Tuesday, October 19, 2010

Campaign Ads, Rent is Too Damn High

Down and Dirty: Two weeks left. For better or worse, two weeks left until the election. One race has drawn my attention recently. It is also featured in this morning's Des Moines Register. It is Senate District 37, which covers parts of Madison, Dallas and Warren Counties. And this one isn't for the weak-stomached. One candidate bought a website with the domain of the other candidate. And that candidate is running ads alleging that her opponent is dangerous to children.

Democrat Staci Appel, the wife of Iowa Supreme Court Justice Brent Appel, is running for her second term. She is running an ad. I guess you would have to call it a "scare" ad. I'm not sure what else to call it. In the ad, the announcer says her opponent voted to let abusers buy guns that can be used to kill people while the video shows a child sitting on the floor. I would like to attach the ad, so you can see it. But I can't find it anywhere on-line. It isn't on Appel's website. I also noticed her site doesn't list any events at all for the month of October. Surely, she is holding events, right? Anyone seen the ad anywhere, so I can post it here?

Republican Kent Sorenson is giving up his house seat to run against Appel. He bought www.StaciAppel.com and then let a friend take it over. The Register reports he actually bought about a dozen sites with variations of Appel's name i them. The one anti-Appel site doesn't say anywhere on the site that he bought the domain name for it. The site give its take on Appel's positions on the issues.

What do you think of the race? I'm not really concerned which candidate you like. Here's what I want to know: Does Appel's ad go too far with its scare tactics? And does Sorenson go too far in its deception buying a website with his opponent's name? Do you think one is fine, but not the other? Or are both appropriate in love and politics? O.K, just politics. Probably not much love here:)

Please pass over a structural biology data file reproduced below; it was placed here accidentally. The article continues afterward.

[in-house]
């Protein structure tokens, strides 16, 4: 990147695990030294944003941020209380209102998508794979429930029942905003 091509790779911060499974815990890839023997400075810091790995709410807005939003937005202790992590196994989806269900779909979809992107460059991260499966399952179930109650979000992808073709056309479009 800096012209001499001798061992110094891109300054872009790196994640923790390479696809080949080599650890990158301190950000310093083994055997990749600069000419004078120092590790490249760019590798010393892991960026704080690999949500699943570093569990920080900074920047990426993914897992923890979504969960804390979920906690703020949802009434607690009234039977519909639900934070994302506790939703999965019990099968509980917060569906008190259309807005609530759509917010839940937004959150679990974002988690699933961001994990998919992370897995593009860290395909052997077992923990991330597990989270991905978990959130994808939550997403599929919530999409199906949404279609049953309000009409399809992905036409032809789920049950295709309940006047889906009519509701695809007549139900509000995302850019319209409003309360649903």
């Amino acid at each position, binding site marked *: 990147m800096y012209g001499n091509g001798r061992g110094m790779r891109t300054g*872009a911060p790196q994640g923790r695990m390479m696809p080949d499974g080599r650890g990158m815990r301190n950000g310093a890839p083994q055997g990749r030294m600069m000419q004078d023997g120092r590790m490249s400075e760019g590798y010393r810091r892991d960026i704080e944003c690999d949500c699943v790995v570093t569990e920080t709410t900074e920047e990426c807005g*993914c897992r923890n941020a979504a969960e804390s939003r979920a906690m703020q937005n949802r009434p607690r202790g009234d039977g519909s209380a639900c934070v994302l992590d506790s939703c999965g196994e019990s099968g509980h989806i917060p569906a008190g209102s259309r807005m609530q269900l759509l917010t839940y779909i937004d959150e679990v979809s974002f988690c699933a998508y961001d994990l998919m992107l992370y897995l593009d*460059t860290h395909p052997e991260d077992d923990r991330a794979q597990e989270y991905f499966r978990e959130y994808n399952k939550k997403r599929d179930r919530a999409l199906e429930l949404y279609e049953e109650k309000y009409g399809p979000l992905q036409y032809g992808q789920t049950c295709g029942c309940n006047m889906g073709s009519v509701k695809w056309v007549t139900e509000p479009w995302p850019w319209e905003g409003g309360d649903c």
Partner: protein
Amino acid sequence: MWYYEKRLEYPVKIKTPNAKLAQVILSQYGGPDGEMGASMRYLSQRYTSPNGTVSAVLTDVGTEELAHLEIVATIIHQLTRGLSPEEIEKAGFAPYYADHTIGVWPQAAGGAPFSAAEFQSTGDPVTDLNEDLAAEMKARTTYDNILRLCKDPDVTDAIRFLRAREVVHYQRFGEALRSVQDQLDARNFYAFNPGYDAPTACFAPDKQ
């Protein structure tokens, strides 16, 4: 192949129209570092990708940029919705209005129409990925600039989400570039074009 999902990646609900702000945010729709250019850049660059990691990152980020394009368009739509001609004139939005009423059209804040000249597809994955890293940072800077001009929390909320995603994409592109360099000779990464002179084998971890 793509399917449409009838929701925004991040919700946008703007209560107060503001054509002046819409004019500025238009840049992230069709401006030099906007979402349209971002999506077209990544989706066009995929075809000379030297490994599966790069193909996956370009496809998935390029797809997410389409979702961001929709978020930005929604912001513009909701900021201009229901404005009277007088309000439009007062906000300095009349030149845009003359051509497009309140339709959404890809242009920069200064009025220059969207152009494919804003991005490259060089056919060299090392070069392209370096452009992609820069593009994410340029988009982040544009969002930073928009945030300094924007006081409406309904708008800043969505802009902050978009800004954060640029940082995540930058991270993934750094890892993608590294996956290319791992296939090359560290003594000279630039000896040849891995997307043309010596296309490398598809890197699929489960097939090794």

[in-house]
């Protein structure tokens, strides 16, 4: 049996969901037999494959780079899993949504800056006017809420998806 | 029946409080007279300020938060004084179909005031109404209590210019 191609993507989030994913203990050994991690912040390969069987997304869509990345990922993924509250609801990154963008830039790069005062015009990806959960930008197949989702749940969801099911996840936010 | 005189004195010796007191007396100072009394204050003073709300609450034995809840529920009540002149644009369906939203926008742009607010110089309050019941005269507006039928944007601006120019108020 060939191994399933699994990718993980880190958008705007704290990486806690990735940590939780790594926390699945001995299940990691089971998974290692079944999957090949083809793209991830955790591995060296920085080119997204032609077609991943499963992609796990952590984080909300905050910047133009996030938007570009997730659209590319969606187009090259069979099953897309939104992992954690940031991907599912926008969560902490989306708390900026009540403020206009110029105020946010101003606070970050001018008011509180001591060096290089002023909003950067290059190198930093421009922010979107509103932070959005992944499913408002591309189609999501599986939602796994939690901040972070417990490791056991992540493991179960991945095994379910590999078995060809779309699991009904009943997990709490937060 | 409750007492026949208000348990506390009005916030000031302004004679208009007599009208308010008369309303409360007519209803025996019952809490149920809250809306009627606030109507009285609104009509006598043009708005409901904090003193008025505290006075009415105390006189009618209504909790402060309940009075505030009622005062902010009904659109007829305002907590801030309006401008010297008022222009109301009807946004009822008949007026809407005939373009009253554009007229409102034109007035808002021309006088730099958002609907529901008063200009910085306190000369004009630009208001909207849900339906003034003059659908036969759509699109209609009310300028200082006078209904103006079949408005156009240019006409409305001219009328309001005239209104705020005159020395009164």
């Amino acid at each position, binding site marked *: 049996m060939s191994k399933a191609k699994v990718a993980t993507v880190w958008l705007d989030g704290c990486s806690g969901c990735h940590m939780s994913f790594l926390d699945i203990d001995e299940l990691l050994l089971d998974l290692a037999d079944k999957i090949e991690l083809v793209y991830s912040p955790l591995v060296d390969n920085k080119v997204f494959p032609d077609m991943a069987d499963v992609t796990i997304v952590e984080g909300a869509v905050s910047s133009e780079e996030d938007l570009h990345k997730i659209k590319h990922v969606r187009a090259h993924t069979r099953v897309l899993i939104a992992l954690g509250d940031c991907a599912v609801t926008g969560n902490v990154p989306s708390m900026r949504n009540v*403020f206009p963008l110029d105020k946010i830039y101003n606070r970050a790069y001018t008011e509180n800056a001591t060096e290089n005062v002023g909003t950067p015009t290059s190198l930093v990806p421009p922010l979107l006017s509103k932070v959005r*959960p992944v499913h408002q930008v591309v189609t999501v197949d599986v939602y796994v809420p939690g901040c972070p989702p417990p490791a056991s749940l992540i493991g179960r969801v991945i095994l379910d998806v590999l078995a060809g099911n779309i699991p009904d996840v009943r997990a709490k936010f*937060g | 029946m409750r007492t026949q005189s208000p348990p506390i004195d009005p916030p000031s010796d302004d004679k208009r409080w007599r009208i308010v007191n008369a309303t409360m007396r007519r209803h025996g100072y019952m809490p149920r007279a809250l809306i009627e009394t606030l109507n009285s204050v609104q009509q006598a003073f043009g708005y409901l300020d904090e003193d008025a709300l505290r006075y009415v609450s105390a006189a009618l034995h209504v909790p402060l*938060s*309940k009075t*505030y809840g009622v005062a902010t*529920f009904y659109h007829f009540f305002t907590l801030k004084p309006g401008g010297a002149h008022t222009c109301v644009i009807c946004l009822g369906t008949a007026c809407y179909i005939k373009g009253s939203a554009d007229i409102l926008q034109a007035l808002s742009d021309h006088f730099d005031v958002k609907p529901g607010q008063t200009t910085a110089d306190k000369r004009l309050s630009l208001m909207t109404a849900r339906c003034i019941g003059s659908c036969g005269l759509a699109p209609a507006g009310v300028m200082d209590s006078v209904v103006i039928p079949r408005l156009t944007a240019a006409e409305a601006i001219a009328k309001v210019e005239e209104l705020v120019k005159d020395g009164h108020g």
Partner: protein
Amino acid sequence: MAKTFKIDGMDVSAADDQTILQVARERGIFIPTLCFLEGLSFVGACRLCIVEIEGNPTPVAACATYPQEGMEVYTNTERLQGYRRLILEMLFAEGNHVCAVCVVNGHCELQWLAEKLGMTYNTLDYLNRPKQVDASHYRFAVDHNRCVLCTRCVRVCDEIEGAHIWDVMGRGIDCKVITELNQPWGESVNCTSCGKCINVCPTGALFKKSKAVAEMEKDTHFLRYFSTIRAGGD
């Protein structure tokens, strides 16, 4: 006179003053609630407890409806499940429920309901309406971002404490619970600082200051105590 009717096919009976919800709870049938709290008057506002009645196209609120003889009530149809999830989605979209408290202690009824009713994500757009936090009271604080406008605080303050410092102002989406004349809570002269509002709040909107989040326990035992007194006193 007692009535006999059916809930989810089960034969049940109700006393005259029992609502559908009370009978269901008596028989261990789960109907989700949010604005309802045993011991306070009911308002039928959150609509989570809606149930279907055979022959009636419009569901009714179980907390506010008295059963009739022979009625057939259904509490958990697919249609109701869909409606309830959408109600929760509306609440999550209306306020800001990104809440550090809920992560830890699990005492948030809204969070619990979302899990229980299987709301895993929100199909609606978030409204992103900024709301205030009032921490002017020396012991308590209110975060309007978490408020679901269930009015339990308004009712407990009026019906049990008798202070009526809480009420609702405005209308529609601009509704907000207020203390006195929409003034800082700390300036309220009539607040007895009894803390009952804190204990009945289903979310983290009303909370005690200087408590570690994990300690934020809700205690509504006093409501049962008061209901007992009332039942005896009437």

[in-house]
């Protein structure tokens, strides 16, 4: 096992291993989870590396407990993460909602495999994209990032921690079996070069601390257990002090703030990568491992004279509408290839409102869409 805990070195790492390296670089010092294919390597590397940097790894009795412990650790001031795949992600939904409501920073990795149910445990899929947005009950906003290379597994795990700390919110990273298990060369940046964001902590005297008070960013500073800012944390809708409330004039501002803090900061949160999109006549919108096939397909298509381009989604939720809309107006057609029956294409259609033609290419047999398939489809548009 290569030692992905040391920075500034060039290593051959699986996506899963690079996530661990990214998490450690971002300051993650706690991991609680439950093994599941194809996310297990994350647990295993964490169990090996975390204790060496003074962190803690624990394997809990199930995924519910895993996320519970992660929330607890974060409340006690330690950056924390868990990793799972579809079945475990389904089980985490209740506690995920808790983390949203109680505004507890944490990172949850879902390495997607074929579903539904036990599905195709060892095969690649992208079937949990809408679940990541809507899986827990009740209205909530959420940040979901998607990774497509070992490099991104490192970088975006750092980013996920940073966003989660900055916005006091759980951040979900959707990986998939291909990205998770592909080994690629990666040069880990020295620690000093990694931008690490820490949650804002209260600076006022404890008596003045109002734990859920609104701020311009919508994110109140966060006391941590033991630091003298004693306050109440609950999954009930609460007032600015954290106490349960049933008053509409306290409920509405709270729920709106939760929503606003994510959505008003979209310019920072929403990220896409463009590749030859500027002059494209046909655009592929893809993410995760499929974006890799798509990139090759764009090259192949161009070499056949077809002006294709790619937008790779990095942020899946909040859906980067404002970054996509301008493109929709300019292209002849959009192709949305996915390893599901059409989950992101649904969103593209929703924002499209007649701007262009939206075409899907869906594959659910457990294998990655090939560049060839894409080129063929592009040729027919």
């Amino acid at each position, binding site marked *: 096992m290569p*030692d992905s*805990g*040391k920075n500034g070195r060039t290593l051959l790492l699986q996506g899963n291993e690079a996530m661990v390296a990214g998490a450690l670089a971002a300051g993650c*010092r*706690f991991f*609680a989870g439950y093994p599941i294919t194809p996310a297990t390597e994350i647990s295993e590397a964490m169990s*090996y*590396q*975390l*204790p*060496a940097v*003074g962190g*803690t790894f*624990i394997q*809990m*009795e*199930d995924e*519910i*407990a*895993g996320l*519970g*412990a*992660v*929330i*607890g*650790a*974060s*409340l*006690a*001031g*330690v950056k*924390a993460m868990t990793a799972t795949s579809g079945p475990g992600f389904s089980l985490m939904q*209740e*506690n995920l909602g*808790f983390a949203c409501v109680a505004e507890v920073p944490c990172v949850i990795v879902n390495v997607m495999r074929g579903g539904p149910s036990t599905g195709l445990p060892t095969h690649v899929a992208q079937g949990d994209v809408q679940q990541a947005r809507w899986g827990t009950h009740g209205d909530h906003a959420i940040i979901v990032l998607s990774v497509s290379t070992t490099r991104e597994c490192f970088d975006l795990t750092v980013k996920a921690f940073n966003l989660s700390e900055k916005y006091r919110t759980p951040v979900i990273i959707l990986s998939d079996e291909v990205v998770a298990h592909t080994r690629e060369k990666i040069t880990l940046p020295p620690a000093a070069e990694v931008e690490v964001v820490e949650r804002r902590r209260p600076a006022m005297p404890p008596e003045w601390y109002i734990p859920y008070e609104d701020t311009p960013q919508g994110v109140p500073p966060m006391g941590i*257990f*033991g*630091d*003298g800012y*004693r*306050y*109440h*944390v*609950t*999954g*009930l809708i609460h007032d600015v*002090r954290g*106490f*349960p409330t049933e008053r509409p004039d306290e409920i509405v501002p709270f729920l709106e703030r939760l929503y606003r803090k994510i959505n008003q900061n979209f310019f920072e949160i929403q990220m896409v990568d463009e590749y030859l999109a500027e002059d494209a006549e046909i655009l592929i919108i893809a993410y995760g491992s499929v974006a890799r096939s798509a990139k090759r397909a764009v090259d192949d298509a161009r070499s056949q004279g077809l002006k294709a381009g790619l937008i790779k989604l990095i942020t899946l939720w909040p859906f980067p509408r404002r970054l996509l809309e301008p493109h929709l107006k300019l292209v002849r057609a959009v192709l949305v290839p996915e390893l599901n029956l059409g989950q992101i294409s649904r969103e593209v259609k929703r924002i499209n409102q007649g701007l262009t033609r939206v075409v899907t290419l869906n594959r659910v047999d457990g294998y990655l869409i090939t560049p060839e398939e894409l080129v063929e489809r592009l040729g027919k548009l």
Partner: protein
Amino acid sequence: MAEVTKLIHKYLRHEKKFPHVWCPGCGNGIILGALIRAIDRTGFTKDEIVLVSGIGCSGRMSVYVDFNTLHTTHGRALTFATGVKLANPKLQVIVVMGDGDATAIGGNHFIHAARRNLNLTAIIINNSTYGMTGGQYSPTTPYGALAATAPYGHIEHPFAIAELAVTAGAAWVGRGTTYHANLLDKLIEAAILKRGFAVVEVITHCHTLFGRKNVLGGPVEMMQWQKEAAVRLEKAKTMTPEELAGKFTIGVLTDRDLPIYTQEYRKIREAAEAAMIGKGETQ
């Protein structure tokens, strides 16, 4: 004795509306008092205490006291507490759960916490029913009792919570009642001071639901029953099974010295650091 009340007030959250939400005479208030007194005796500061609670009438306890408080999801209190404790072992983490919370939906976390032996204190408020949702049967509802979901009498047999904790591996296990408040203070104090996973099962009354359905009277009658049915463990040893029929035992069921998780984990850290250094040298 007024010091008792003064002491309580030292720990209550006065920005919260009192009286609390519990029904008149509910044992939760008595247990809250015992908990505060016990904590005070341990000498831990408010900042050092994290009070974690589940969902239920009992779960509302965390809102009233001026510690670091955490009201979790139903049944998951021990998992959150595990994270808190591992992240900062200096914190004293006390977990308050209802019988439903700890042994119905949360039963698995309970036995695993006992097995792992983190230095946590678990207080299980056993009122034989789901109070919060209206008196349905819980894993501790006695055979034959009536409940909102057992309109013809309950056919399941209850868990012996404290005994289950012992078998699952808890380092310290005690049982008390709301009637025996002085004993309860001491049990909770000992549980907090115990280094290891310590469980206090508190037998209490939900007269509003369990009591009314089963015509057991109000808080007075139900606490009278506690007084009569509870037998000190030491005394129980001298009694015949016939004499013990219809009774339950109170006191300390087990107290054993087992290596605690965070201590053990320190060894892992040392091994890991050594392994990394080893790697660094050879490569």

Rent is Too Damn High!: Who says politics is boring? Have you seen any of the highlights from the New York governor's debate last night? Democrat Chet Culver and Republican Terry Branstad will REALLY have to work in their final televised debate in Iowa to top New York!

In New York, a candidate (and karate master) named Jimmy McMillan is running as a candidate of the Rent is Too Damn High Party. No, I'm not making this up. And he stole the show during the debate last night. Not only did he keep coming back to his theme that, of course, the rent is too damn high. But when asked if he supports same-sex marriage, he said "If you want to marry a shoe, I'll marry you." I assume that means, yes? Here are some highlights for your viewing pleasure...

1 comment:

Anonymous said...

I don't have a problem with Appel's ad. It tells me her opponent believes in an absolute view of the 2nd amendment, even in circumstances where possession of a gun is a likely danger to others. That probably tells me a lot about the rest of his politics, too.
What about Sorenson's ad, though? He chides her for spending on a heated sidewalk without telling people that it was part of an ADA-accessibility project. And the plants & trolley were part of downtown's economic development, of which the Capitol complex is a part. I know he wants us to draw the conclusion that she's a reckless spender, but I just don't get that from that ad.
What's permissible? Anything that calls into question someone's politics or values. And that includes showing inconsistencies between what someone says and what they do. (So the ads against Zaun are in bounds, in my opinion, given that he only paid off a 4 1/2 year old judgement 2 weeks before he announced his candidacy). Purely personal attacks are out of bound, but those are rare. That still leaves a lot of room for a campaign to get nasty.
Candidates are not the only ones to get hit by cyber-squatting on domain names. Corporations have had to pay big bucks to get domain names they should have bought in the first place. The fact is, campaigns need to think about that right away. And course, that doesn't begin to get into the issues raised by buying search terms on search engines.
What we need is an Iowa version of Politifact or Fact Check. It's the misleading ads that cause the most problems, and few people have the ability to track down the facts behind the claims made in the ads of state candidates. That could address cases where an opponent has a misleading domain name, too.
It will be interesting to see what happens in these races, at the very least.